Every time the mainstream media wants a opinion on behalf of the Japanese whaling industry they go to Glen Inwood - who, in 2000, was press secretary for then Immigration Minister, Lianne Dalziel.
He's been in the media the past few days defending the actions of the Japanese whaling ship for ramming the Idy Gil.
Inwood owns Omeka Communications, the Wellington public relations firm that represents the Japanese whaling industry.
In fact Inwood has been doing more than just speaking to the media - he's been posing as an officer of the New Zealand government.
On January 1 Inwood and Chris Johnston from Omeka Communications Zealand chartered a Chieftain aircraft out of Melbourne.
Inwood and Johnston identified themselves as representatives of the New Zealand Government which wanted to find a New Zealand catamaran and the Steve Irwin on the pretext that if they (the Sea Shepherd ships) were to get in difficulties it would cost the New Zealand government a lot of money to organise a rescue. According to Inwood, the government wanted the ships located and information gathered about their speed and direction.
Given the antagonistic attitude displayed towards the protest ships by Murray McCully, Inwood's story is laughable.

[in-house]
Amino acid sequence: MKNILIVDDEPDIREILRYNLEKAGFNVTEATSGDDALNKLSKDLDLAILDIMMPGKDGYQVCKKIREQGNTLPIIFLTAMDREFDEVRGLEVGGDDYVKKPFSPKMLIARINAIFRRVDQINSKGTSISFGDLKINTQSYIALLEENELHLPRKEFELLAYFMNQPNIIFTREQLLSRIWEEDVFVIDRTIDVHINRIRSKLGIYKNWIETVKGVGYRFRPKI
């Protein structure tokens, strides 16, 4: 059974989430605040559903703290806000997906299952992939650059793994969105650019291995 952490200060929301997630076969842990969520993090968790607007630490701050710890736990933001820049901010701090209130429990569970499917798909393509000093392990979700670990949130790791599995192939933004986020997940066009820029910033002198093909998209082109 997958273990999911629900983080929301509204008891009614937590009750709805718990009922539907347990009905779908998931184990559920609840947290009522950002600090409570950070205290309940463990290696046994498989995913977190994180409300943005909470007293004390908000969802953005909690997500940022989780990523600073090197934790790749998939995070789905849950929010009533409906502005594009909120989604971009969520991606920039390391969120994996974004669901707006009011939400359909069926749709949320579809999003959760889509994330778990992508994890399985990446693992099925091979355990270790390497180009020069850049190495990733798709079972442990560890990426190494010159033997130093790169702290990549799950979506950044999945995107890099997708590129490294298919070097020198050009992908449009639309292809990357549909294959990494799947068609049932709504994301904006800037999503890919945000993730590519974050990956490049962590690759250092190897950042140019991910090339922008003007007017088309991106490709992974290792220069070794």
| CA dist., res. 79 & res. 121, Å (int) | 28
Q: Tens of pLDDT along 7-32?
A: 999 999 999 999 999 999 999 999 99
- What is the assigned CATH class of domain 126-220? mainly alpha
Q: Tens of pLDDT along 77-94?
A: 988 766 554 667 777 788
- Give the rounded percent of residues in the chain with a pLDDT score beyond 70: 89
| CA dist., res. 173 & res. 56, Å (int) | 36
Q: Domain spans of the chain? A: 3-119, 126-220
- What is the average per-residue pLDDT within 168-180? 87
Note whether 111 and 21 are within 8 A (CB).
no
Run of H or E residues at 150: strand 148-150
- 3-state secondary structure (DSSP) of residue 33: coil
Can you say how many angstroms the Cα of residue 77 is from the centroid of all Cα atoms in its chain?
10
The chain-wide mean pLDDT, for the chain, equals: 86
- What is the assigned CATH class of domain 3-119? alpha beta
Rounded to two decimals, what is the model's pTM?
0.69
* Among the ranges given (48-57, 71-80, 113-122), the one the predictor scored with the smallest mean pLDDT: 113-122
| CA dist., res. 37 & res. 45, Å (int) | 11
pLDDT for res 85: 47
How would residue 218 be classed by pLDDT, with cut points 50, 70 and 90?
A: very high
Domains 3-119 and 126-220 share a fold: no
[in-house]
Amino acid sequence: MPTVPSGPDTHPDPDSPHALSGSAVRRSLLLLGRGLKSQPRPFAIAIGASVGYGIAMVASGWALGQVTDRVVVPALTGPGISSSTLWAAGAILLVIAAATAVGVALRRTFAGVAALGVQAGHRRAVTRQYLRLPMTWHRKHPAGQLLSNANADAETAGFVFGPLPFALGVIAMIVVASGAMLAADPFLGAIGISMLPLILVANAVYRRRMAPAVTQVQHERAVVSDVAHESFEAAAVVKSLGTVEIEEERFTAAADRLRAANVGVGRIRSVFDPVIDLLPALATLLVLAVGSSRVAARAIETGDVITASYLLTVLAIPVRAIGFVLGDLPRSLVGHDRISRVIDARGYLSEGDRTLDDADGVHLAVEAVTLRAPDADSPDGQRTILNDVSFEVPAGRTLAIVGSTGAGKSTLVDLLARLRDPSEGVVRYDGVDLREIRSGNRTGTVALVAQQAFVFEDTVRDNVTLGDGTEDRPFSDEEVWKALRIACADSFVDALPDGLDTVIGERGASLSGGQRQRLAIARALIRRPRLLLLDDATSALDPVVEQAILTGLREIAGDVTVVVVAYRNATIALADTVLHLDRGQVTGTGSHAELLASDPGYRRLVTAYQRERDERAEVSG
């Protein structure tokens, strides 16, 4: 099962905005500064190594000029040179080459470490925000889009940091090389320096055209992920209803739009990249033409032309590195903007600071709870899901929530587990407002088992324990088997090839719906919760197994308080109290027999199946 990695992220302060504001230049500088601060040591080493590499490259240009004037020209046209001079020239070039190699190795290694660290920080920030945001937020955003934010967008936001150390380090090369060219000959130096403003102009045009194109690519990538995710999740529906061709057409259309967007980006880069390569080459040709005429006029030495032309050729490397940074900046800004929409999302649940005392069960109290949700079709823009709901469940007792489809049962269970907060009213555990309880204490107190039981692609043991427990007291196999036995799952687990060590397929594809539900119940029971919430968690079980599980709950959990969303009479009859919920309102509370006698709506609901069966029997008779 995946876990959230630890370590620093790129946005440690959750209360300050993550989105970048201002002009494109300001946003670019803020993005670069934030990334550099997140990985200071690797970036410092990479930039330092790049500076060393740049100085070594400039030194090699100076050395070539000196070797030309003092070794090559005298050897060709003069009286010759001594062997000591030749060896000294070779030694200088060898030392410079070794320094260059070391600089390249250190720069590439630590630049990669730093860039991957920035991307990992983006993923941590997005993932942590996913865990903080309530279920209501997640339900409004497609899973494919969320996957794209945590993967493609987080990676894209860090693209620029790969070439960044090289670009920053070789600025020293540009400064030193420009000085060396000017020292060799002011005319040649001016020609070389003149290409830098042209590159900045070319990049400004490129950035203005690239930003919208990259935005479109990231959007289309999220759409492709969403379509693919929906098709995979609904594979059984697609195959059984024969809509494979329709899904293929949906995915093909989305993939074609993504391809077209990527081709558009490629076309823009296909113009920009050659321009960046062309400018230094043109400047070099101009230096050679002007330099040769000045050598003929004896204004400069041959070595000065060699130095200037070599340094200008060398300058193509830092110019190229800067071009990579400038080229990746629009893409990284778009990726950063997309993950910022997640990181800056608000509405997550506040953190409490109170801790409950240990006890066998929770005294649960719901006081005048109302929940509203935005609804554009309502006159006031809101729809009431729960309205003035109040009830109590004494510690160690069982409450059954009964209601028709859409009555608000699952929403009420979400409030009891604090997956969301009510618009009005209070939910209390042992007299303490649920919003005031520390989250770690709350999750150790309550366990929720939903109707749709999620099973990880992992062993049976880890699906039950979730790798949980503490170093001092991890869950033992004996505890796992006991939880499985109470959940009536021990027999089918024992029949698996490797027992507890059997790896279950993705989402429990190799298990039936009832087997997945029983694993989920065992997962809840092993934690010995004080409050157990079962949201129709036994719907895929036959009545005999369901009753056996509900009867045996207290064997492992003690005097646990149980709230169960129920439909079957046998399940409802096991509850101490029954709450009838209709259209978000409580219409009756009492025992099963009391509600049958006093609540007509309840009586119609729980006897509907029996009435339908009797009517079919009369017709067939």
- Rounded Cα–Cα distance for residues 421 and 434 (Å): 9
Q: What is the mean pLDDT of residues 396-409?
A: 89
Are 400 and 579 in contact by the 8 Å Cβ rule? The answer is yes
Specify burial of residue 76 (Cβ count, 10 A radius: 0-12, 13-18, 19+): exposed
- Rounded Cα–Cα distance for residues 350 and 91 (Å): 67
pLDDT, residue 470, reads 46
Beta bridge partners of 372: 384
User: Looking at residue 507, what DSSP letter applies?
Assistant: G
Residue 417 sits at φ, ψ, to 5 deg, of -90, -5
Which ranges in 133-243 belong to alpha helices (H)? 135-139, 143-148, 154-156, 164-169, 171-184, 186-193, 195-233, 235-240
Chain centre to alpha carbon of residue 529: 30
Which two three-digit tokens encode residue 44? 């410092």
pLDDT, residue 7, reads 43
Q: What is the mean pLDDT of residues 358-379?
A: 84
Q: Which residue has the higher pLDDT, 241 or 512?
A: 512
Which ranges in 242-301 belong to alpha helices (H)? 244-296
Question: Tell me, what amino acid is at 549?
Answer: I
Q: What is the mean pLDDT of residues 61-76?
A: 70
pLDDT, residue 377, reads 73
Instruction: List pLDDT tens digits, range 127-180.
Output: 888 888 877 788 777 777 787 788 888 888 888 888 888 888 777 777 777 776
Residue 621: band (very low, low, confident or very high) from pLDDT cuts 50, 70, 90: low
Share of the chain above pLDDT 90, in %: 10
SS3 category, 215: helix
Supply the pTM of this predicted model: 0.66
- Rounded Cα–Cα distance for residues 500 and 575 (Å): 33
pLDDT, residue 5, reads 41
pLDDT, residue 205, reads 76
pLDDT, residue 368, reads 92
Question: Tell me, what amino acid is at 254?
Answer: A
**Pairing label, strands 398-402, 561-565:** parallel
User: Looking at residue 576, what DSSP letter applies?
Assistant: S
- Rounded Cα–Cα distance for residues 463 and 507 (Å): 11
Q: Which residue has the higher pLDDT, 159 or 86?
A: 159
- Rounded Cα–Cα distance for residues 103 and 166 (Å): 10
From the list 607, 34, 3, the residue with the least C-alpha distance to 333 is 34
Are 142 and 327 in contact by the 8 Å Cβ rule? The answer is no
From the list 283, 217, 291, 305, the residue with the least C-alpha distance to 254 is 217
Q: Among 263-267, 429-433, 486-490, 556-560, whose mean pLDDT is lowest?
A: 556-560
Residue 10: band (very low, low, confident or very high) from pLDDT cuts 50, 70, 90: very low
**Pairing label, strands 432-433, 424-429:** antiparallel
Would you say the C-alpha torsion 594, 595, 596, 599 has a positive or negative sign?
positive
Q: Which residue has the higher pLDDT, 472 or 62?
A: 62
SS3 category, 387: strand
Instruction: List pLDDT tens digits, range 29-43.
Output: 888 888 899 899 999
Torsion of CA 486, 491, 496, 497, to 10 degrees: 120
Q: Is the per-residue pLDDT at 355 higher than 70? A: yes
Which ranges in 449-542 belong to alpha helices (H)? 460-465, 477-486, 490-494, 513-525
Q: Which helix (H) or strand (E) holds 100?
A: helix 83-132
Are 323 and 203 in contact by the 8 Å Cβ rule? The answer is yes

Inwood and his colleague undertook two four hour searches in a bid to find the Steve Irwin - which was the real target of their search
They then hired another aircraft and conducted a third search for the Steve Irwin and again failed to locate it
Inwood wanted to find the Steve Irwin in order to track it and send the information on to the Japanese whaling fleet.
Glen Inwood also works for Te Ohu Kaimoana, which is the sole voting shareholder in Aotearoa Fisheries (AFL), and which owns a 50 per cent shareholding in Sealord. The other half-share in Sealord is owned by the Japanese company, Nissui, which is a major shareholder in Japan's Antarctic whaling fleet.
The twelve hours of flight with the Chieftains at $1,610 an hour cost Glen Inwood $18,320. He put it on his personal credit card and will send the bill to his Japanese whaling masters.
While he has repeatedly criticised the anti-whaling protesters, the Minister of Foreign Affairs has had nothing to say about Inwood and Johnson posing as officers of the New Zealand government.
Why hasn't Murray McCully said anything about Inwood and Johnson's actions? They have, after all, been breaking the law.
A clue to McCully's silence can be found in the fact that Glen Inwood also works for Te Ohu Kaimoana, which is the sole voting shareholder in Aotearoa Fisheries (AFL), and which owns a 50 per cent shareholding in Sealord. The other half-share in Sealord is owned by the Japanese company, Nissui, which is a major shareholder in Japan's Antarctic whaling fleet.
Money talks - in this case its the not inconsiderable economic influence of Nissui.